Turkey to remember Godfather of photography Ara Guler

by Anadolu Agency


Several events will honor the memory of Turkey’s late legendary photojournalist Ara Guler on what would have been his 93rd birthday on Monday.

Umut Sulun, director of the Istanbul-based Ara Guler Archive and Research Center, which also hosts a museum on the famous Turkish-Armenian photographer’s works, told Anadolu Agency that the center will celebrate Guler’s birthday with several events.

This year also marks the third anniversary of the museum that was opened in 2018 on Guler’s 90th birthday, said Sulun, who knew Guler since 2004.

Guler died on Oct. 17, 2018, at the age of 90. He was a globally recognized figure in creative photography in Turkey and was commonly referred to as “Istanbul’s eye.”

He made a name mainly with his black-and-white nostalgic pictures of Istanbul, depicting the wide range of emotions of the city which straddles two continents on either bank of the Bosphorus Strait.

“One of our events is an Ara Guler exhibition consisting of 75 black-and-white Istanbul photographs that we will bring together with the Ministry of Culture and Tourism at Galata Tower,” said Sulun. “Our exhibition will be opened by Deputy Culture and Tourism Minister Ozgul Ozkan Yavuz on Monday and will be visited by tower visitors until the end of October.”

On Aug. 16, the museum, as it did last year, will share Guler’s photos on social media.

The annual World Photography Day will be observed on Thursday and the Guler Museum will take the opportunity to combine the occasion with the photographer’s birthday.

“We’ll have kids in our museum,” said Sulun. “We’re going to celebrate Ara Guler’s birthday with them. He’s an important figure and we want to introduce him to our young students.”

A group of kindergarten students will tour the museum and cut a birthday cake in honor of the late photojournalist.

New exhibitions as of September

At the moment, there are two exhibitions at the museum. One of these, titled Inside the same Dream, was created with Guler’s Istanbul photos along with accompanying texts by Ahmet Hamdi Tanpinar, a legendary Turkish author. The exhibition will be open until Sept. 18.

The second, with 20 images, said Sulun, focuses on Guler’s book, Yitirilmis Renkler, or Vanished Colors, that features a book model consisting of his drawings.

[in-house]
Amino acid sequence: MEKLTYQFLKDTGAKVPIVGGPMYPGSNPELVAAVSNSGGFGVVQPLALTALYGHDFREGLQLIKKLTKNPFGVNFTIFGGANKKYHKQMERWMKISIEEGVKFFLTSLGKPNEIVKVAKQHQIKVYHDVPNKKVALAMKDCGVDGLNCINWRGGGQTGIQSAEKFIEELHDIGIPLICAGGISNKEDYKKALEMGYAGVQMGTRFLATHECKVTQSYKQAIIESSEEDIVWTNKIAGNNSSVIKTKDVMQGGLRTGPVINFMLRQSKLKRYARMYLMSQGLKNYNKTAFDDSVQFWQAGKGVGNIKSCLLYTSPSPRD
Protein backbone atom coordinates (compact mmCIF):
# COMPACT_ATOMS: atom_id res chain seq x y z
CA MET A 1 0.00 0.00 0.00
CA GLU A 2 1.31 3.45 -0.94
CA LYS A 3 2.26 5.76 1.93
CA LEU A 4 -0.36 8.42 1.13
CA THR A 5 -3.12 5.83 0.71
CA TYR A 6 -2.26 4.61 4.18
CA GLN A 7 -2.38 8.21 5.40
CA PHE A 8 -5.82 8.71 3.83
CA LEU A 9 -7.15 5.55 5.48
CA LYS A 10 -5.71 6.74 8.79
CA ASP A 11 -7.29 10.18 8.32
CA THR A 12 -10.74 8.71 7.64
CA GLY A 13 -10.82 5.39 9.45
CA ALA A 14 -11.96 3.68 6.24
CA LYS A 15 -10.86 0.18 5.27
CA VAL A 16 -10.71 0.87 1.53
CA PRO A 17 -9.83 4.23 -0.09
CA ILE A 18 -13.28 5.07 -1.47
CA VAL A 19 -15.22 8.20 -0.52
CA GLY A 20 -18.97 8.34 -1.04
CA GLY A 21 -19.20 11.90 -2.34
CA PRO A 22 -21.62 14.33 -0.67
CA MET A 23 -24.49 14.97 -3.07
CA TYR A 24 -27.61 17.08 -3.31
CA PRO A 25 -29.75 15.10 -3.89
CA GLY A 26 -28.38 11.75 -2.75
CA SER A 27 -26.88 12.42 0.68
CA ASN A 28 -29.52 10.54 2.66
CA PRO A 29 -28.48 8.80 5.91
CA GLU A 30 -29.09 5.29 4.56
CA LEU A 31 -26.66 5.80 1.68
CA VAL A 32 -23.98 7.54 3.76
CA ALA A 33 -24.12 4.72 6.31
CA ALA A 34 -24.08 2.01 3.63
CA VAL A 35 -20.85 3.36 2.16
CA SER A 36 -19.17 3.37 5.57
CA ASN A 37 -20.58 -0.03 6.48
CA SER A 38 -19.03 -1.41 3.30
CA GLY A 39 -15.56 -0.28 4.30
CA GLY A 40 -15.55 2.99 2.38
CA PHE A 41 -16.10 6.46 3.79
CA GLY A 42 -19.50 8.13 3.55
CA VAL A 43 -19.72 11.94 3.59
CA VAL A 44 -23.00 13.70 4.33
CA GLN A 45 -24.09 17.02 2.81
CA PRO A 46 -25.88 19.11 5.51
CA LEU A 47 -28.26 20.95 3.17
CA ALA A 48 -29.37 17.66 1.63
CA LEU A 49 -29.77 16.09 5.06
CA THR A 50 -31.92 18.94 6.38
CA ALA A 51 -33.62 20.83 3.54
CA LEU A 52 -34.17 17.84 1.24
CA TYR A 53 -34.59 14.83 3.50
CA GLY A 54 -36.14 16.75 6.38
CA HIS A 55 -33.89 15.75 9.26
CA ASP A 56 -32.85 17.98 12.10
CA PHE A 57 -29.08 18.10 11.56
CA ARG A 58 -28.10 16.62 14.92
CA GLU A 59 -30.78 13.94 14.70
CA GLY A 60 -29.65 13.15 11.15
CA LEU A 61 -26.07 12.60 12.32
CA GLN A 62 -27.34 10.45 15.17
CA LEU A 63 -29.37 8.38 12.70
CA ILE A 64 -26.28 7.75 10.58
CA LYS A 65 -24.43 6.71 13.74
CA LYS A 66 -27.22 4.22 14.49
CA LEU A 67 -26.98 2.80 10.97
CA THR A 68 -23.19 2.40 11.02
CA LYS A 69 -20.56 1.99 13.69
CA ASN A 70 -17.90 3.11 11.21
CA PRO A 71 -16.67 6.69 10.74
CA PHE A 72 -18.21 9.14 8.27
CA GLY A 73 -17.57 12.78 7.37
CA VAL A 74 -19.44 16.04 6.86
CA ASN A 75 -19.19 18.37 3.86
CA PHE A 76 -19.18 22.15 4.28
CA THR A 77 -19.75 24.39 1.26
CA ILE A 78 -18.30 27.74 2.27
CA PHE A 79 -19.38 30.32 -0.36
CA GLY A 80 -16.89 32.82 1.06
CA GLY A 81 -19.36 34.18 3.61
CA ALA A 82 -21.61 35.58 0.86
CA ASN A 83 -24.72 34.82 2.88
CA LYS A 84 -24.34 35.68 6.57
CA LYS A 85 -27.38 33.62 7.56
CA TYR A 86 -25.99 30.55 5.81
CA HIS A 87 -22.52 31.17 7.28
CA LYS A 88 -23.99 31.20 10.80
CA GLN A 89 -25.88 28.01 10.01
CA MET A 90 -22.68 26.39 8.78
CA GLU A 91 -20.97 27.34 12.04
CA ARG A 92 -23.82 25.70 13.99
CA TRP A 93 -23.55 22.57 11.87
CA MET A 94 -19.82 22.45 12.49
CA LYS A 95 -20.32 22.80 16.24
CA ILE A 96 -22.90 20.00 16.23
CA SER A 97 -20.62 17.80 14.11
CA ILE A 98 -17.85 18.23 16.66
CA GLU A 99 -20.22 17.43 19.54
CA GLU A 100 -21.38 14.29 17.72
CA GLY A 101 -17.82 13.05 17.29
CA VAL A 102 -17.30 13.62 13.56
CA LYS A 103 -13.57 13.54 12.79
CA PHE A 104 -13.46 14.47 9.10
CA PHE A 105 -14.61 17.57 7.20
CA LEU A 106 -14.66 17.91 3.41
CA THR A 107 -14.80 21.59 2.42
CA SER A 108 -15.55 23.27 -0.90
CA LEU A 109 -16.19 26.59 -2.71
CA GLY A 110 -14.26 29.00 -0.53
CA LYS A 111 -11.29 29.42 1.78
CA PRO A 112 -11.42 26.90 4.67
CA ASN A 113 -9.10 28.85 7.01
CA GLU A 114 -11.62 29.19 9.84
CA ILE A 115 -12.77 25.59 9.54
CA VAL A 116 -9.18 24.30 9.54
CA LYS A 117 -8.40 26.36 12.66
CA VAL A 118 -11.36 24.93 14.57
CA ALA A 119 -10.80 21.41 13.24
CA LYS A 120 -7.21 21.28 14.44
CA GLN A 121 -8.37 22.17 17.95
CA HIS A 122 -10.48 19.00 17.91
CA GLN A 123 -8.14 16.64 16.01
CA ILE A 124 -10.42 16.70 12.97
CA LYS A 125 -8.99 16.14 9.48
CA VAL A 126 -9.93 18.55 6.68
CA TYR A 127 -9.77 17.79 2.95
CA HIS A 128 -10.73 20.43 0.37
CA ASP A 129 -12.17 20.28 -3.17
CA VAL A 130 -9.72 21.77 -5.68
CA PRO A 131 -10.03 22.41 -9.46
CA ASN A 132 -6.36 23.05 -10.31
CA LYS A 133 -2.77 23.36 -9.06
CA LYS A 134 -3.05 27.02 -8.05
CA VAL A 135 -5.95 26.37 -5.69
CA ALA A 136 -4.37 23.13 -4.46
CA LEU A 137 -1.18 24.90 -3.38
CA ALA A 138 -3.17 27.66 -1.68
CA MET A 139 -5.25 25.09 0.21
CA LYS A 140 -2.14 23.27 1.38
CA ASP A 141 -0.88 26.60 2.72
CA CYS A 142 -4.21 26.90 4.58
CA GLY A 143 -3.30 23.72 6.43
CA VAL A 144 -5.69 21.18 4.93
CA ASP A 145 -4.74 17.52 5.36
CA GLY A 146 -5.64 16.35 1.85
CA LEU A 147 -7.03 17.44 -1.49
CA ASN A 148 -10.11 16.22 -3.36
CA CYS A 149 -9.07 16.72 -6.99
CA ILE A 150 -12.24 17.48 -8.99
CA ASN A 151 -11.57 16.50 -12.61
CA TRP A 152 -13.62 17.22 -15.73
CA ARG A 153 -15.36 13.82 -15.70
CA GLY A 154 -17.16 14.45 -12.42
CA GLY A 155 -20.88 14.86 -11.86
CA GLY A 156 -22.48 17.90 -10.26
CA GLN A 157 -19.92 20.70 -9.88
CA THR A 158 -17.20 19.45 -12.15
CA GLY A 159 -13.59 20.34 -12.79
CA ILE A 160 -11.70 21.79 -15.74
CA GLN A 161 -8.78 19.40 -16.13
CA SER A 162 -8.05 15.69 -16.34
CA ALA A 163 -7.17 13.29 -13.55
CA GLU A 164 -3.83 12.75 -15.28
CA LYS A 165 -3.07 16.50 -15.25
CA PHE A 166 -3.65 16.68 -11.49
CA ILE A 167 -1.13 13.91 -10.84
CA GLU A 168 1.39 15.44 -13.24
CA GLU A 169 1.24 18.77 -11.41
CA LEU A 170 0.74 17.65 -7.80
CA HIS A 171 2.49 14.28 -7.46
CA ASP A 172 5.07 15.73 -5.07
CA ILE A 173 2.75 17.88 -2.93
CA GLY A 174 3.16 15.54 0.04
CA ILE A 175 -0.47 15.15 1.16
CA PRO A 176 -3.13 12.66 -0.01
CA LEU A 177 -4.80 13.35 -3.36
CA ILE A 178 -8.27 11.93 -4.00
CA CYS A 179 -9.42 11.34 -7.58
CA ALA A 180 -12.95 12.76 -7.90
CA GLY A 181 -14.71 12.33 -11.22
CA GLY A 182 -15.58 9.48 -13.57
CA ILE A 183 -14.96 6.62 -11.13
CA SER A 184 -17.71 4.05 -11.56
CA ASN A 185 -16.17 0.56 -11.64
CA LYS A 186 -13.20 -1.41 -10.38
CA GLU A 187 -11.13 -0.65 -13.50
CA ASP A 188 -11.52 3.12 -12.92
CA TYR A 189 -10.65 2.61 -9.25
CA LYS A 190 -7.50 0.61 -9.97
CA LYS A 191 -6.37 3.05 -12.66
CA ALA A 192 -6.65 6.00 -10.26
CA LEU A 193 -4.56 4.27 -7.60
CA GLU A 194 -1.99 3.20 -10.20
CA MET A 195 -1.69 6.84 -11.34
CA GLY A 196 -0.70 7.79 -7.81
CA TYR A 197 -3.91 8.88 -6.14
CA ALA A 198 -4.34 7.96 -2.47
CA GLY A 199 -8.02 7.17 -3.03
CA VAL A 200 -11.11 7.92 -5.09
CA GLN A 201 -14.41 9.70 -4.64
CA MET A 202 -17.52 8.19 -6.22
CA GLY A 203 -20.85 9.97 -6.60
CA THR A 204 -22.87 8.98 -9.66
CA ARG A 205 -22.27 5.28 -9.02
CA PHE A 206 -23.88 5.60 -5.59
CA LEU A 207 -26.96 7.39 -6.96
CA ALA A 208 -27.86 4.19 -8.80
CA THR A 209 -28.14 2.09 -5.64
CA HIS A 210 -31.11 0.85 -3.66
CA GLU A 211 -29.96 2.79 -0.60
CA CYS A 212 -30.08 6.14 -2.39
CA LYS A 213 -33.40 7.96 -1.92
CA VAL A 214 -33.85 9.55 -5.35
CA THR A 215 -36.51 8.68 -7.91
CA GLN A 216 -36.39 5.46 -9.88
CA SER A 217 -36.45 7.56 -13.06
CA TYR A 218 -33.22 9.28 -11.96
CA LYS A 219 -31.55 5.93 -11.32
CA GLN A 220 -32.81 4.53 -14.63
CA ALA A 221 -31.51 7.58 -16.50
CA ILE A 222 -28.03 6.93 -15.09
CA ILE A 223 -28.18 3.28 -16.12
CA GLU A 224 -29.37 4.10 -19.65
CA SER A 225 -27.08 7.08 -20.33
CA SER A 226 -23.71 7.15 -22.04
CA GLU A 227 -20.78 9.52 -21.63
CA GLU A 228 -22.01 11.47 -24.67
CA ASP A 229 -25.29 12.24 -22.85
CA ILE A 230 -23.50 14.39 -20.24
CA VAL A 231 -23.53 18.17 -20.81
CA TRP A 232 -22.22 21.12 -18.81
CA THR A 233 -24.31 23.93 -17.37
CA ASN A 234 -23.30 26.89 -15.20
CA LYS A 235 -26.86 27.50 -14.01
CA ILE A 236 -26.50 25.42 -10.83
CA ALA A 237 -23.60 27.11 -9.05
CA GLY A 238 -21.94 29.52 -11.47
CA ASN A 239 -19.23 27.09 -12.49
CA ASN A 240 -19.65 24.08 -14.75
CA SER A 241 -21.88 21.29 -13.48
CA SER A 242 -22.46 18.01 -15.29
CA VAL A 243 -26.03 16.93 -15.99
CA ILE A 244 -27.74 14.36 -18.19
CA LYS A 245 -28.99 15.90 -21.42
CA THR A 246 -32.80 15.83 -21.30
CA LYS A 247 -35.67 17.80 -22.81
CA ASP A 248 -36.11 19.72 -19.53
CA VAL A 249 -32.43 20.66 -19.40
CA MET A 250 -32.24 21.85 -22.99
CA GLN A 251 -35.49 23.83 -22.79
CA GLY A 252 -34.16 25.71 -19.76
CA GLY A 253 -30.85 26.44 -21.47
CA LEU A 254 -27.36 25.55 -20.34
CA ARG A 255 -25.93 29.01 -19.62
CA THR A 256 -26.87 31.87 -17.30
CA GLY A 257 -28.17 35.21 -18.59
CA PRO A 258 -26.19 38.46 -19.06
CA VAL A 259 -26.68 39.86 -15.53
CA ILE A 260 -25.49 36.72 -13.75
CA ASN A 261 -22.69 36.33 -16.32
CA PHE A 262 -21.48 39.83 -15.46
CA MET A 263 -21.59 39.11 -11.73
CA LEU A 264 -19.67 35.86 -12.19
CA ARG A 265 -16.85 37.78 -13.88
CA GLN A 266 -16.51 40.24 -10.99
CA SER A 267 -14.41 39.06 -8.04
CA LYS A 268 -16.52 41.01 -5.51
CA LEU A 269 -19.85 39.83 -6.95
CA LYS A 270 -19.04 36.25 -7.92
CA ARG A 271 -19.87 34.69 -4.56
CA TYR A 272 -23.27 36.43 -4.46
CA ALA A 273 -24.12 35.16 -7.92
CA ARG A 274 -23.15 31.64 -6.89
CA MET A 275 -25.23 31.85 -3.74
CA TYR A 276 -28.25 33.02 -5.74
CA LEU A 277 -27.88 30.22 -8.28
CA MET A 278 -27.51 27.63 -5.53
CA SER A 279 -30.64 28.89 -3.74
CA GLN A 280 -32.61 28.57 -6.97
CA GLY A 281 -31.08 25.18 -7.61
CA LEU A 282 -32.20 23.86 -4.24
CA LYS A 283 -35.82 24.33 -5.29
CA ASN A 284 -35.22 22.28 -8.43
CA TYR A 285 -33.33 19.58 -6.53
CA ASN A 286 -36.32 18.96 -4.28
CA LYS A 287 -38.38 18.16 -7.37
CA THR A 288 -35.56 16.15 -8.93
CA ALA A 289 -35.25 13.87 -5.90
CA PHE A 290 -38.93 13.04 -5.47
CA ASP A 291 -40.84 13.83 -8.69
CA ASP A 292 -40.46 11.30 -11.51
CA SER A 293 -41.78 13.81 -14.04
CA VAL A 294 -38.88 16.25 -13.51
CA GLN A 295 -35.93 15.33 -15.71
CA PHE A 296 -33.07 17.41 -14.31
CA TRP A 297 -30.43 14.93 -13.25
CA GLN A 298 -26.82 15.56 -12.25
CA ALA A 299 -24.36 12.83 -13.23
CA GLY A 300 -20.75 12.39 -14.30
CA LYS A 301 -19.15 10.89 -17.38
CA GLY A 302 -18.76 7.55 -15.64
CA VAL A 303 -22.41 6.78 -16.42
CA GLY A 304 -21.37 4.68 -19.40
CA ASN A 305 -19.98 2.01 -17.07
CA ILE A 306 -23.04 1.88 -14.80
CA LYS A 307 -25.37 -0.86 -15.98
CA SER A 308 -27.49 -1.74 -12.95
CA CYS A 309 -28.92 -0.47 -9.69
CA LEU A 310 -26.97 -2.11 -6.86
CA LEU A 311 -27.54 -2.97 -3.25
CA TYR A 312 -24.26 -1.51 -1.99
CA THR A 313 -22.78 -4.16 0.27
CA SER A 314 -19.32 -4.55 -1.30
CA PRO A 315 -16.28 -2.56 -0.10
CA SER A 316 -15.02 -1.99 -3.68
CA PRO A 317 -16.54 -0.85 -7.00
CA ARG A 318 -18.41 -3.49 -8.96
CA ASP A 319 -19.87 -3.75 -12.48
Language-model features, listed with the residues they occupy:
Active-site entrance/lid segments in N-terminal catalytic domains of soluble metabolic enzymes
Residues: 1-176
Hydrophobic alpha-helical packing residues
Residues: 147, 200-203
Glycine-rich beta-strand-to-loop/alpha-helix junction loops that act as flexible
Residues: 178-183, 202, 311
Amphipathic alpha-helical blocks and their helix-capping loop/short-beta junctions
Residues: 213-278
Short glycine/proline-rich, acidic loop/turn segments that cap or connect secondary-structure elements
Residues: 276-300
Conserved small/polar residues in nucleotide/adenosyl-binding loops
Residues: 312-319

“As of the end of next September, we’re going to open a new exhibition in our museum,” he said. “In this exhibition, there will be a selection of portraits from Turkey and the world, which are an important part of the Ara Guler archive,” as Turkey’s most important photojournalist also known for his photographs of the likes of Picasso, Winston Churchill, John Berger, Alfred Hitchcock, and Salvador Dali, among many, many others.

For the museum, Sulun also heralded a shop and gallery to be opened at the Galaport, a major renovation project on Istanbul’s European side. New shopping malls, hotels, and a new Istanbul Modern building are planned to be built as part of the project.

The “shop gallery” will include an exhibition of 30 Guler photographs, some of which have never been seen before, of Istanbul’s centuries-old neighborhoods such as Karakoy, Galata, and its surroundings.

The museum is also in contact with various organizers for possible future exhibitions abroad, added Sulun.

Since the opening of the museum, his works have traveled across the world via exhibitions in Berlin to New York to Japan and London.

Guler’s astounding discoveries

“Ara Guler is known as the person who made the most important contribution to both the world’s awareness of Turkey’s photography and the awareness of photography in Turkey,” Sulun said when asked about the importance of the legendary photojournalist.

The museum was opened in 2018 but the Ara Guler archive had already been transferred to the museum building in the Sisli District from Guler’s apartment in Istanbul’s teeming Beyoglu district, he said.

“We had already been working here,” he said, adding that Guler, who was suffering from various illnesses due to old age, had visited the to-be-museum site.

“When he visited us during that time,” Sulun said they would gather around a big table and discuss various issues about the museum setting.

Guler would tell us stories about the objects in the archive, said Sulun.

He also recalled that Guler would single out “three important projects” he completed in his life.

“Interviews of Aphrodisias, Mount Nemrut, Noah’s Ark,” he said, referring to Guler’s astounding works: An ancient city called Aphrodisias in Turkey’s western province of Aydin in 1958; photo-interviews on Mount Nemrut and Noah’s Ark that attracted international attention to the ancient sites in eastern Turkey.

“Because, these were not merely photography, but also contributions to humanity,” he said.


You may also like